Wednesday, November 18, 2015

The problem with "Best Practice"

I love having technical arguments.  I call them technical dialectics.  The process of weighing competing implementations, discussing their advantages and disadvantages is what makes a good technical team great.  At least until THAT PHRASE comes up, alone, without further cause. The typical usage is something like

"We should do X, it's a 'best practice'".

As if there is a council of software engineering that sits on high, prescribing the universally correct ways of development regardless of the environment.

Software engineering has no "one size fits all" set of practices, or even single practice for that matter.  What makes a "best practice" is a practice's fitness given the type of work and environment it will be used in.  When a practice provides more value than it's cost within a particular context, then it is a "best practice".

The valuation process cannot be done in absentia of the environment.  That means a team should be able to, not only justify, but know the value of each practice within their current context.  They should also feel free to remove the practice should a change in context ever make the practice more costly than valuable.

Do the analysis and assign value to determine worth.  If the analysis is bypassed, and "best practice" is the only justification used, well, it's worse than worthless.  It detracts from a reasoned argument by it's glaring absence of reason.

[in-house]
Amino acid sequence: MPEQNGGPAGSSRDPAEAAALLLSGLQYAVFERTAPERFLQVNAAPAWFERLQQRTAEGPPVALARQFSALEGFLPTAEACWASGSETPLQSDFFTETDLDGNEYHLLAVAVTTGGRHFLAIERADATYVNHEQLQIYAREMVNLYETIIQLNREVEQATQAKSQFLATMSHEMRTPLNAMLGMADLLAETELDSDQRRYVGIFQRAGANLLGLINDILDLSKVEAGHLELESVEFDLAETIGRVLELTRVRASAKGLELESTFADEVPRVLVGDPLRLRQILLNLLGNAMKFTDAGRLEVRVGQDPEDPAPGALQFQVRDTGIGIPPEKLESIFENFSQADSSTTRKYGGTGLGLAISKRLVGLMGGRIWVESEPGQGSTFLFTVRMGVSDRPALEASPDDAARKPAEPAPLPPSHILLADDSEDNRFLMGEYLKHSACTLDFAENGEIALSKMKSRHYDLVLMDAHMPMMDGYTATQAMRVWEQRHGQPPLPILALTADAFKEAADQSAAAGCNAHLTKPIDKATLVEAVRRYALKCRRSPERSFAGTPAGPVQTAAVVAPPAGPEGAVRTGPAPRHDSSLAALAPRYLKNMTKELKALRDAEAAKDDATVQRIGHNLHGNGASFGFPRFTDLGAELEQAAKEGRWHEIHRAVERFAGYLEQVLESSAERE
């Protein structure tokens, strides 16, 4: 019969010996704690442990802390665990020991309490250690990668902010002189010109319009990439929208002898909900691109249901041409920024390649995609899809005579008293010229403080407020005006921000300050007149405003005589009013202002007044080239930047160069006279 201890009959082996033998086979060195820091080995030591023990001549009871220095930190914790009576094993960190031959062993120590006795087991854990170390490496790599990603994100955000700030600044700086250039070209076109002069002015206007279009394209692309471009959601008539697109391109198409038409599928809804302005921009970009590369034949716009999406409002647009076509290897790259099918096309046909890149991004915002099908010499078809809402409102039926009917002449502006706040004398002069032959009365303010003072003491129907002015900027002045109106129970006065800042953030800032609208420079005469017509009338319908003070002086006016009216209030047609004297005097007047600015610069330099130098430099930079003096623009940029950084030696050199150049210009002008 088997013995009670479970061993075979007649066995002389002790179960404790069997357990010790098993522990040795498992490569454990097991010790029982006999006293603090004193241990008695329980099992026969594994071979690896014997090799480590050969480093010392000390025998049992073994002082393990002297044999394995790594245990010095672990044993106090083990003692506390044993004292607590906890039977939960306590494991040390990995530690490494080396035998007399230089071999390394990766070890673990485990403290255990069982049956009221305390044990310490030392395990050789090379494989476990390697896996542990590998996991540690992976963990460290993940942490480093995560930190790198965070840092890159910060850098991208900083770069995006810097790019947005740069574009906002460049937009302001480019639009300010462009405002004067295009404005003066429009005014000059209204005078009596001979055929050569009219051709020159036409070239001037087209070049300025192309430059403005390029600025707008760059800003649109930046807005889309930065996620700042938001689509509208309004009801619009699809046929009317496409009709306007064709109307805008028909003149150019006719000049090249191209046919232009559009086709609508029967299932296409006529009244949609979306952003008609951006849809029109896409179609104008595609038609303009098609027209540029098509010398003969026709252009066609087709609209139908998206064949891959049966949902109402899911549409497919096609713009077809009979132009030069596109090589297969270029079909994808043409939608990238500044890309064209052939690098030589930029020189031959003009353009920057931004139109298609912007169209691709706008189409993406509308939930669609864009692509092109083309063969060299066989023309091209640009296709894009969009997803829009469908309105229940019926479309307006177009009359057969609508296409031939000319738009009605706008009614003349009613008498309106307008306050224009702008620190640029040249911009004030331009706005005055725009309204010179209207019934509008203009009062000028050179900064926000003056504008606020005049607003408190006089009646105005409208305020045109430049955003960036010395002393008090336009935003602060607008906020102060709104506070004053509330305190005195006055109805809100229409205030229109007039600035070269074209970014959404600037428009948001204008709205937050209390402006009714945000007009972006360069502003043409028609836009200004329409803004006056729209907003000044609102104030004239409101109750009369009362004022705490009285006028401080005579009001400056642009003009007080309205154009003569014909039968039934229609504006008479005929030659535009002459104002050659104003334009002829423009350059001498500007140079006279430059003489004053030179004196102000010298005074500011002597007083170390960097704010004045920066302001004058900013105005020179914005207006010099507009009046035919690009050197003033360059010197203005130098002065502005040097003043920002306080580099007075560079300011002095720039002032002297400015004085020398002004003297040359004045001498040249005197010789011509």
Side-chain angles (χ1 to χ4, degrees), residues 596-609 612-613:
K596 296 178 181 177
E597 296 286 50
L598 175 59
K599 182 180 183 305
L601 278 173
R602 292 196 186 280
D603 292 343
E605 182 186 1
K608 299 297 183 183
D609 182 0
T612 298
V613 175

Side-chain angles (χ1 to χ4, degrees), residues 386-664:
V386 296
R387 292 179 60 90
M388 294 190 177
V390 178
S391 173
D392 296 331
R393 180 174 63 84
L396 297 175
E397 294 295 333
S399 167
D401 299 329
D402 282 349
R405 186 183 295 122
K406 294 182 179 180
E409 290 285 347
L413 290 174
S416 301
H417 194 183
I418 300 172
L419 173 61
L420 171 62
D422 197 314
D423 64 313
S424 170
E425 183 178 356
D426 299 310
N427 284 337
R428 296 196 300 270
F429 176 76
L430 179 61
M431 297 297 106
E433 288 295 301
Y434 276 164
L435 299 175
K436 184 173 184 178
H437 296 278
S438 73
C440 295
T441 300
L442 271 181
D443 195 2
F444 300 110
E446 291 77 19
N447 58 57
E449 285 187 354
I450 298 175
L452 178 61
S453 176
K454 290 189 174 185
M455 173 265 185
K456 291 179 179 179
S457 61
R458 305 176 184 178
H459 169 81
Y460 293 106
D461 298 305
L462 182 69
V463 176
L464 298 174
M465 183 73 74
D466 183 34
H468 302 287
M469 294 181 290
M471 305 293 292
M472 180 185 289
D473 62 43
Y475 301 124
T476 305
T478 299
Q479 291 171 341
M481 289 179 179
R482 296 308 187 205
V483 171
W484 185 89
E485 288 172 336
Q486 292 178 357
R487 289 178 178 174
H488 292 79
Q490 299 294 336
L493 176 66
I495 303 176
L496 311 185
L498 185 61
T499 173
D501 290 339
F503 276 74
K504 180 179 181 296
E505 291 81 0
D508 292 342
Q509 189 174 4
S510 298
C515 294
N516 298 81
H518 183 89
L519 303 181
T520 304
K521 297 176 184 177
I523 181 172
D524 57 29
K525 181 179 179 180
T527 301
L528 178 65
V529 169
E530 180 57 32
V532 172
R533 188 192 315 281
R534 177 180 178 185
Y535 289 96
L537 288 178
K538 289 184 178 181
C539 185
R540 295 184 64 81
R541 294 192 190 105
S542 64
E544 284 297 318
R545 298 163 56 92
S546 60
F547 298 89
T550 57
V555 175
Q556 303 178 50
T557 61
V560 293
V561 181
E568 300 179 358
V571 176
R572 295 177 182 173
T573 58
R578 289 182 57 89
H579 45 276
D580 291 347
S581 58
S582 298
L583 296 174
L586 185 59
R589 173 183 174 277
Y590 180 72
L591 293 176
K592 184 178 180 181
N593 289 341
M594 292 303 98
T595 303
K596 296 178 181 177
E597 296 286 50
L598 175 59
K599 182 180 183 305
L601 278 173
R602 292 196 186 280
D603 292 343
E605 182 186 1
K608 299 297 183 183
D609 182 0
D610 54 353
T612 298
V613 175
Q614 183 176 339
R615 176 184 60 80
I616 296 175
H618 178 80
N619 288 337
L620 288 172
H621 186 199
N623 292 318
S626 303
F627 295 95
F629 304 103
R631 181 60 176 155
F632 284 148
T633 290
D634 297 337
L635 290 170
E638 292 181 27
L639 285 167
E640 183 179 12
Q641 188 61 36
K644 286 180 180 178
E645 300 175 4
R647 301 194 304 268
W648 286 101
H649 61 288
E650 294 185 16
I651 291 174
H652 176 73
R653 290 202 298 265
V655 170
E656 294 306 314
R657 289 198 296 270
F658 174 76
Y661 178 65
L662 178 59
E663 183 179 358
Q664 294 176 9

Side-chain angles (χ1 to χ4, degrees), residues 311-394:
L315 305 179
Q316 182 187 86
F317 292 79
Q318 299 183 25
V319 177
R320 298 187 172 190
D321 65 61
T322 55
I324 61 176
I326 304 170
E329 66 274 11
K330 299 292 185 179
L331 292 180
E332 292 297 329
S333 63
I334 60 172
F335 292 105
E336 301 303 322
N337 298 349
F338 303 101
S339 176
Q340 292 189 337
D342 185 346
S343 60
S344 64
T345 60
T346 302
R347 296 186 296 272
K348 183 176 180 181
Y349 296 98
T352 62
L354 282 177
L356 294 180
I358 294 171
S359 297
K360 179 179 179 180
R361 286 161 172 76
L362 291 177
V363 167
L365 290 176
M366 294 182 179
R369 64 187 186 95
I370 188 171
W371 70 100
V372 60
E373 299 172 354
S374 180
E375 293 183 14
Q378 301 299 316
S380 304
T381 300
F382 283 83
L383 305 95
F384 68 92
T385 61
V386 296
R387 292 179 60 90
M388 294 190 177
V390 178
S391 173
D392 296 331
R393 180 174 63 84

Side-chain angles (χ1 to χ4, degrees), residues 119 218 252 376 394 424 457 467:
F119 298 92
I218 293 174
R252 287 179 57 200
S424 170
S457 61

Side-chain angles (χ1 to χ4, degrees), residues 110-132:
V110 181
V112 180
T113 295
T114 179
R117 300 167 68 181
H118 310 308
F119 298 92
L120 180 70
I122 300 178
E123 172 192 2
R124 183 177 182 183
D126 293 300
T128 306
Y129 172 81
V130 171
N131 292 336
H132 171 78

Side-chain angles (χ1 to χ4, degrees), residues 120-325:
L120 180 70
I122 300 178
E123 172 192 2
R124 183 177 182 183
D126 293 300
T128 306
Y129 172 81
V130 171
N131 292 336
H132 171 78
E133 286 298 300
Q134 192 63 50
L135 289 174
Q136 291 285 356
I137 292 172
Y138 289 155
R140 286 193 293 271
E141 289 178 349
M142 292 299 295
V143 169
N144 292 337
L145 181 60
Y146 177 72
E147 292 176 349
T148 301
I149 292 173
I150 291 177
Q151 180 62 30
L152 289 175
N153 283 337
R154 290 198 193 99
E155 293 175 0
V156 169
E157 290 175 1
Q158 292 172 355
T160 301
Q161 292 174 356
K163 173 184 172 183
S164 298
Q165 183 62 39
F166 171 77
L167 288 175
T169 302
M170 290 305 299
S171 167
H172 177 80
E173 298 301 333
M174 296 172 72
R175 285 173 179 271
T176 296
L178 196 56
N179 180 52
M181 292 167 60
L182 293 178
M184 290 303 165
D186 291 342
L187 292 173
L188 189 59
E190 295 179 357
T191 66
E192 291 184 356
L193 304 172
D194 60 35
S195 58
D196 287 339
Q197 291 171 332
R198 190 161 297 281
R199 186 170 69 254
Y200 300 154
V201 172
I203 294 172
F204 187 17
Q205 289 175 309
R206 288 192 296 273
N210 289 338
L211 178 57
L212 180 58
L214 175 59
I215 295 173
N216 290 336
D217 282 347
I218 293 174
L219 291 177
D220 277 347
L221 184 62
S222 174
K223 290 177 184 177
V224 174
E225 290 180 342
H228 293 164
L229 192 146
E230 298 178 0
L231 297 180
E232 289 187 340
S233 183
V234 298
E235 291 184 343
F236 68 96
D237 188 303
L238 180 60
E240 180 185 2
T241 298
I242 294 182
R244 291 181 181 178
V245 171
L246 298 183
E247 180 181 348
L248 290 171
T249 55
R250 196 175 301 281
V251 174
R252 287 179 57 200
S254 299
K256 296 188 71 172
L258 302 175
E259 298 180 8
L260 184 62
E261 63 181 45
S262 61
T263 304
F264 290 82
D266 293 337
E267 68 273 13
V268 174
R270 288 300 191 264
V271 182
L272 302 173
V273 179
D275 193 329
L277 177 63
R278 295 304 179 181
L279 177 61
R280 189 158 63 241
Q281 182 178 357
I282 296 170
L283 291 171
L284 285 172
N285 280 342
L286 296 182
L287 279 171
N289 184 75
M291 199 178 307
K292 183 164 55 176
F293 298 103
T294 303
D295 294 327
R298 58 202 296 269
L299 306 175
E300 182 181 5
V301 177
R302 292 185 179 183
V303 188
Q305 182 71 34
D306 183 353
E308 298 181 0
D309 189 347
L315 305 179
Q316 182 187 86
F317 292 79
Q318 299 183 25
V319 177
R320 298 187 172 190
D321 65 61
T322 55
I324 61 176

Thursday, July 2, 2015

Software Engineering: Becoming a Team Lead

Here are some thoughts on team leads and leadership. I have had first time leads ask me questions on the transition and what is important. As a long time lead and now manager, here is some of the advice I give to first time leads.


A team leads fundamental role is to maintain and improve the performance of the team as a whole.  As an individual contributor you want to maximize the return on investment of your own time.  As a team lead you want to maximize the return on investment of everyone's time that is on the team.  This can often come at the cost of not being able to contribute as much individually.  But that is okay because you responsibility is not just yourself, it's the team as a whole.  It can often take some time to adjust to this kind of work.  You have to retrain your ability to feel productive so that it is based on the performance of the team and not your direct contributions.

The Bigger Picture

A skill that should already be developing as a Senior Engineer is the ability to shift away from just the implementation and design, to understanding the requirements and their origin.  Understanding the business drivers allow a good lead to give alternatives and options that may solve the underlying business problem faster or cheaper, or sometime both.  This can only be done by understanding who the customer is, what the problem is that is being addressed for the customer and the business value.  Understanding the bigger picture leads into areas engineers typically dislike, such as fuzzy requirements, partial/incomplete information and sometimes having to drive consensus and requirements.